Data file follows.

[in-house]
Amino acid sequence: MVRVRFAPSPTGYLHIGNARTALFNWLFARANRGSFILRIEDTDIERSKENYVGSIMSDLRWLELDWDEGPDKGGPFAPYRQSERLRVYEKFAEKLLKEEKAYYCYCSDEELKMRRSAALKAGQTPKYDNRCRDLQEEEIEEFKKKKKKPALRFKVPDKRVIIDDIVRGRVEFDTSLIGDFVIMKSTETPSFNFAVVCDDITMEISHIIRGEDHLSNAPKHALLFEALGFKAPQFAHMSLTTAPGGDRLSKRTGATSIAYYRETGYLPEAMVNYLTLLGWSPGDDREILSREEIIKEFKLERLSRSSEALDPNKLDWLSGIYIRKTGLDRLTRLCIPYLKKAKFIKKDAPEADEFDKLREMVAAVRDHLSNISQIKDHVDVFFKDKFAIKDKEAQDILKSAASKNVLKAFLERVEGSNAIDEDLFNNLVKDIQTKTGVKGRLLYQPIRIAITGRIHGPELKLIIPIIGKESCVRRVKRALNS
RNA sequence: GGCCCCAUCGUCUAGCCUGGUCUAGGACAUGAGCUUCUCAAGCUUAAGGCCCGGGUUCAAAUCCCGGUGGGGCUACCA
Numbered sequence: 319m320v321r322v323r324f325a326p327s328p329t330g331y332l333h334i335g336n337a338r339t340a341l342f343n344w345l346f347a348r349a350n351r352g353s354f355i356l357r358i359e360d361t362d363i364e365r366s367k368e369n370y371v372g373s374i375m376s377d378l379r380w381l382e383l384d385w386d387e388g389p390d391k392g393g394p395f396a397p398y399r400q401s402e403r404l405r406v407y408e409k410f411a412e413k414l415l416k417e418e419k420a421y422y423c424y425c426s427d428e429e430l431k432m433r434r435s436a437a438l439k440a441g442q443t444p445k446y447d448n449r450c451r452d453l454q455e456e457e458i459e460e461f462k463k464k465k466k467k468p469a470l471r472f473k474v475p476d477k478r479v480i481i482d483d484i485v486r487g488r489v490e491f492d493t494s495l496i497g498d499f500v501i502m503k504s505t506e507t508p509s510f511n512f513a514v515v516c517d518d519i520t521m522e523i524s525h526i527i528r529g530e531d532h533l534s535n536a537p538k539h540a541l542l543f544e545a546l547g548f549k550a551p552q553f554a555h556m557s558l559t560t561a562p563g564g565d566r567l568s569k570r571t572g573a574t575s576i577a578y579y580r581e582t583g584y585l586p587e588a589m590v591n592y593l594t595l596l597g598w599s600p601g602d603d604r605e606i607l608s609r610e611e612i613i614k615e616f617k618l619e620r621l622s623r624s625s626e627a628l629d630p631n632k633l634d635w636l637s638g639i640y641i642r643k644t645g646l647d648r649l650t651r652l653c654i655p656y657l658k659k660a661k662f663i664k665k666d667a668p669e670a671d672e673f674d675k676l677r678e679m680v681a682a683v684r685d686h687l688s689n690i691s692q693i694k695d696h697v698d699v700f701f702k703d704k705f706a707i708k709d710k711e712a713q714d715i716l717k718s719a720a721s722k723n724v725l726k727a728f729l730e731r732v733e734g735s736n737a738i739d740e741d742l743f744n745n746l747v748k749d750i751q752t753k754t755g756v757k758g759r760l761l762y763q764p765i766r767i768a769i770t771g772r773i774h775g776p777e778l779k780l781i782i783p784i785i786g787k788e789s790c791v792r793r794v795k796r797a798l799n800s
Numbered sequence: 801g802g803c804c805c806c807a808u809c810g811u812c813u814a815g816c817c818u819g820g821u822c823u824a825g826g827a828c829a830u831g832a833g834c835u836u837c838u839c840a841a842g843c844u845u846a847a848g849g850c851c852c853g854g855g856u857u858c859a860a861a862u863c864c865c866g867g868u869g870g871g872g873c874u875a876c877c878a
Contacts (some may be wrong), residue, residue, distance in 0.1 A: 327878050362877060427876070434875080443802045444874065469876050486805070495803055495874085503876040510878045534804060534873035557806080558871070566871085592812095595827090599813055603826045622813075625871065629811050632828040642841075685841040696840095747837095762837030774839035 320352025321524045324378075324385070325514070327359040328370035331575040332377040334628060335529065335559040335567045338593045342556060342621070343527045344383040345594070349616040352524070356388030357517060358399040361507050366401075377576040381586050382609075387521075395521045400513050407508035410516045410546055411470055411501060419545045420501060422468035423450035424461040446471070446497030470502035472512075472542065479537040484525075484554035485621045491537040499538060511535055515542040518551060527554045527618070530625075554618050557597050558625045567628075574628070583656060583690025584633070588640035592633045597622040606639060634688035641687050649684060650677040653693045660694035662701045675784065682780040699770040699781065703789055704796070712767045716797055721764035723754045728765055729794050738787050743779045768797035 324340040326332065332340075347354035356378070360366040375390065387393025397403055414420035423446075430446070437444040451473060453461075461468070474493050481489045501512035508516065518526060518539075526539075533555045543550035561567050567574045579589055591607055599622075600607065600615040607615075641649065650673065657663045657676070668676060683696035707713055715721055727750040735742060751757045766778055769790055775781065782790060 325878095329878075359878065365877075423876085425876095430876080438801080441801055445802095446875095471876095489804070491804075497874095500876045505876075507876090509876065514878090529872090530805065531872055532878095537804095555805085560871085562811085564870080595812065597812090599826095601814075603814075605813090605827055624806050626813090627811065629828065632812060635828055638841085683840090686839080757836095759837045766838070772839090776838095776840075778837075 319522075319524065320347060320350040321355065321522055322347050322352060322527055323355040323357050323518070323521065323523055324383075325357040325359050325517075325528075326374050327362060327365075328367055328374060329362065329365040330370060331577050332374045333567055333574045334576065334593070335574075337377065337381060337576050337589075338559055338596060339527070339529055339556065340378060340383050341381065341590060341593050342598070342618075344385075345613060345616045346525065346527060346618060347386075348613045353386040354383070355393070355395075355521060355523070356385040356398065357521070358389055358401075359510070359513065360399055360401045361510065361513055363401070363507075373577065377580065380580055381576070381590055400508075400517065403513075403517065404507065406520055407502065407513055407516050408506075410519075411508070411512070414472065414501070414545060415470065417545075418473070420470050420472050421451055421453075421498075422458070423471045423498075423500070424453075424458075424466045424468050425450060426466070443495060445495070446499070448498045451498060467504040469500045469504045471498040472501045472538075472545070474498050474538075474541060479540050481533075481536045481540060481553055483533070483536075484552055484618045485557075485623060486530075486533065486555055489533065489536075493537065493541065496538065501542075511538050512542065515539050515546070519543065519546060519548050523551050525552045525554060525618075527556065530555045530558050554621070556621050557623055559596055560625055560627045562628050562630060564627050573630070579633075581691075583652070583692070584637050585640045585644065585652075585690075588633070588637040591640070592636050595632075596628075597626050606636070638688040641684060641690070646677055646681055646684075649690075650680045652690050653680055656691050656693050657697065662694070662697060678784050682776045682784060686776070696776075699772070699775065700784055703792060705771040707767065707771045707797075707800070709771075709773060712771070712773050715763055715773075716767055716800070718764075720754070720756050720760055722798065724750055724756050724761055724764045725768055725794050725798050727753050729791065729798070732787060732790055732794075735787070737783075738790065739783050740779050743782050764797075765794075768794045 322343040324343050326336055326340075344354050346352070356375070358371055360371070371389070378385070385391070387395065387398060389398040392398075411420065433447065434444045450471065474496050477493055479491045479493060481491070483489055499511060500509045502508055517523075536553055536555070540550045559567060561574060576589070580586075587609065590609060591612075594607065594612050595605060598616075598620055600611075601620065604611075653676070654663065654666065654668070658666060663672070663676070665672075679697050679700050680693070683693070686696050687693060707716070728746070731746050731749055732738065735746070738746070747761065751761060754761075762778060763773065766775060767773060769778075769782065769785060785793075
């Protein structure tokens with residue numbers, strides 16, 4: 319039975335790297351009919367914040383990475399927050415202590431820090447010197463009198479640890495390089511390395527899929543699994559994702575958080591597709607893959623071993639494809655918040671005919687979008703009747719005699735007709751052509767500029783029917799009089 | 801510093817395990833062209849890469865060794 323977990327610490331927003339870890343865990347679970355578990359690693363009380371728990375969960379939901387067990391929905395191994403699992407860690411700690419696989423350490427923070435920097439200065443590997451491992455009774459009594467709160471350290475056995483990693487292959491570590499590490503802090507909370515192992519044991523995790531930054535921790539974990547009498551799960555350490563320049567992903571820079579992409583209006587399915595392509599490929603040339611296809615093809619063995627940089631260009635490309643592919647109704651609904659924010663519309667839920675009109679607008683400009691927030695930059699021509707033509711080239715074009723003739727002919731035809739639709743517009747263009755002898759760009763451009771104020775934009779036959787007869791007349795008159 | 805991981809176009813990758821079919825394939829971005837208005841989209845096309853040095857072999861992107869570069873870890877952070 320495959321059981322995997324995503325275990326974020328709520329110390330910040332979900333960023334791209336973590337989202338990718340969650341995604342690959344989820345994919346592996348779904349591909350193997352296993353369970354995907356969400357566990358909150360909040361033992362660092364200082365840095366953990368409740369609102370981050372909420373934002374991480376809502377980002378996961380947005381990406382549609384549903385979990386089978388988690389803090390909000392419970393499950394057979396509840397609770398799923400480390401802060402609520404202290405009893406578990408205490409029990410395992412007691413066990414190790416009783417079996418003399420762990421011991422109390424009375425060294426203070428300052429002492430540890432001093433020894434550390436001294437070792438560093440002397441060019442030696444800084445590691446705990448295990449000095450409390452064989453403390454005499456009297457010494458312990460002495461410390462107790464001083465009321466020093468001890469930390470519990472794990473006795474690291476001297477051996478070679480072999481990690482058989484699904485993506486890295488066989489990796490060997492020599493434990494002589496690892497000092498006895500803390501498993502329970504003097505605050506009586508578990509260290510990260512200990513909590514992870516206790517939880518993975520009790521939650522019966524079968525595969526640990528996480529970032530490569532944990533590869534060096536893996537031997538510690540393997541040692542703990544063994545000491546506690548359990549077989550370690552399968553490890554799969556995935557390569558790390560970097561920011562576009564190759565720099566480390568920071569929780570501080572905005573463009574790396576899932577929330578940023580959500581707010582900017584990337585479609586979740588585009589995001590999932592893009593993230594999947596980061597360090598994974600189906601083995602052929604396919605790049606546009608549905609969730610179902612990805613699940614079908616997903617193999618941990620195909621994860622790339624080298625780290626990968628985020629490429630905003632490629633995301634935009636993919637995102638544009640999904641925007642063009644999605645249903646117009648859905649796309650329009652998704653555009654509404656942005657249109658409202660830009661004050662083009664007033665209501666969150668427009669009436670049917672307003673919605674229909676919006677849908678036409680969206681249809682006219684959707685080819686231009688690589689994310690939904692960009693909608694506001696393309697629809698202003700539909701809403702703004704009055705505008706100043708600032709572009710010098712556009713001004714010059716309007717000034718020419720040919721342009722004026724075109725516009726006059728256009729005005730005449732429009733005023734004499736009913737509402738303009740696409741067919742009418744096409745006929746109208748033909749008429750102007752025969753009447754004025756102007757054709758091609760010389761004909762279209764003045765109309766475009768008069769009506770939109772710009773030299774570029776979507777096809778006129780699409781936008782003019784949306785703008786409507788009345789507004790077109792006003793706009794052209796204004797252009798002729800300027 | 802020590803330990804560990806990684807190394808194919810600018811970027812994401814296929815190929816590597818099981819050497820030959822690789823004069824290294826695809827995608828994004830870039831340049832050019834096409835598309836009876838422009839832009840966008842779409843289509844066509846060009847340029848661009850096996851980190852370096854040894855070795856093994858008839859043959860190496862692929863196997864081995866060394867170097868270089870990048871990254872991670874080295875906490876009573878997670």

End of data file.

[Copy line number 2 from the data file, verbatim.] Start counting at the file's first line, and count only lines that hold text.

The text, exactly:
Amino acid sequence: MVRVRFAPSPTGYLHIGNARTALFNWLFARANRGSFILRIEDTDIERSKENYVGSIMSDLRWLELDWDEGPDKGGPFAPYRQSERLRVYEKFAEKLLKEEKAYYCYCSDEELKMRRSAALKAGQTPKYDNRCRDLQEEEIEEFKKKKKKPALRFKVPDKRVIIDDIVRGRVEFDTSLIGDFVIMKSTETPSFNFAVVCDDITMEISHIIRGEDHLSNAPKHALLFEALGFKAPQFAHMSLTTAPGGDRLSKRTGATSIAYYRETGYLPEAMVNYLTLLGWSPGDDREILSREEIIKEFKLERLSRSSEALDPNKLDWLSGIYIRKTGLDRLTRLCIPYLKKAKFIKKDAPEADEFDKLREMVAAVRDHLSNISQIKDHVDVFFKDKFAIKDKEAQDILKSAASKNVLKAFLERVEGSNAIDEDLFNNLVKDIQTKTGVKGRLLYQPIRIAITGRIHGPELKLIIPIIGKESCVRRVKRALNS